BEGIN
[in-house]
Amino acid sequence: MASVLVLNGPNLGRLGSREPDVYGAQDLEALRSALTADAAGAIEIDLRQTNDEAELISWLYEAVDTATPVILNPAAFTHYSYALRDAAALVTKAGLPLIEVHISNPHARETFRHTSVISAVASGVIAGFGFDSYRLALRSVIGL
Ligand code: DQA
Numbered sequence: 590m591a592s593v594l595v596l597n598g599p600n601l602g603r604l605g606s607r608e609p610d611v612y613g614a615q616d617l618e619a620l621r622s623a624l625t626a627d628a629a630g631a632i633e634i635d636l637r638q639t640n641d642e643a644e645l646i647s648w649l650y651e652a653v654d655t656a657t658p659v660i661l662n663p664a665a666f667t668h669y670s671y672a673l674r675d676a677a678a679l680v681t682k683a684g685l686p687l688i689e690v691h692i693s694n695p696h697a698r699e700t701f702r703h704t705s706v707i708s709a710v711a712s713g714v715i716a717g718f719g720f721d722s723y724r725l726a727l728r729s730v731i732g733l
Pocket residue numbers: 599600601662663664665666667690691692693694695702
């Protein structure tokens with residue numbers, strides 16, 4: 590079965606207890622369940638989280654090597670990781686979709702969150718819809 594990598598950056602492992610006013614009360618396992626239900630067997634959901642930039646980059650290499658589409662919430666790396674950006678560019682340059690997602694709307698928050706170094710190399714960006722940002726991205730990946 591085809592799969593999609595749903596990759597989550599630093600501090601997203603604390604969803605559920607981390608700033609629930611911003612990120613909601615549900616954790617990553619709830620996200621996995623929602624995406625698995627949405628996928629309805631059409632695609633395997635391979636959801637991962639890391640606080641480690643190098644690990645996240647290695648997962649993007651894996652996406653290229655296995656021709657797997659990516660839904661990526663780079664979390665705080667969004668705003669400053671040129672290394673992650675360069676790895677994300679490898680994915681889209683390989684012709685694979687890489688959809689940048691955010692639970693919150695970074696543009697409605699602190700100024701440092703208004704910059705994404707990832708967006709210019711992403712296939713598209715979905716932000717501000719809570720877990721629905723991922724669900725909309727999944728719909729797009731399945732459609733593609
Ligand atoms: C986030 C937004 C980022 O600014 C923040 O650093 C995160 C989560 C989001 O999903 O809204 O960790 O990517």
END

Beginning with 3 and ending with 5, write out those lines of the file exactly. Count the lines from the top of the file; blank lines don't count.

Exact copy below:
Ligand code: DQA
Numbered sequence: 590m591a592s593v594l595v596l597n598g599p600n601l602g603r604l605g606s607r608e609p610d611v612y613g614a615q616d617l618e619a620l621r622s623a624l625t626a627d628a629a630g631a632i633e634i635d636l637r638q639t640n641d642e643a644e645l646i647s648w649l650y651e652a653v654d655t656a657t658p659v660i661l662n663p664a665a666f667t668h669y670s671y672a673l674r675d676a677a678a679l680v681t682k683a684g685l686p687l688i689e690v691h692i693s694n695p696h697a698r699e700t701f702r703h704t705s706v707i708s709a710v711a712s713g714v715i716a717g718f719g720f721d722s723y724r725l726a727l728r729s730v731i732g733l
Pocket residue numbers: 599600601662663664665666667690691692693694695702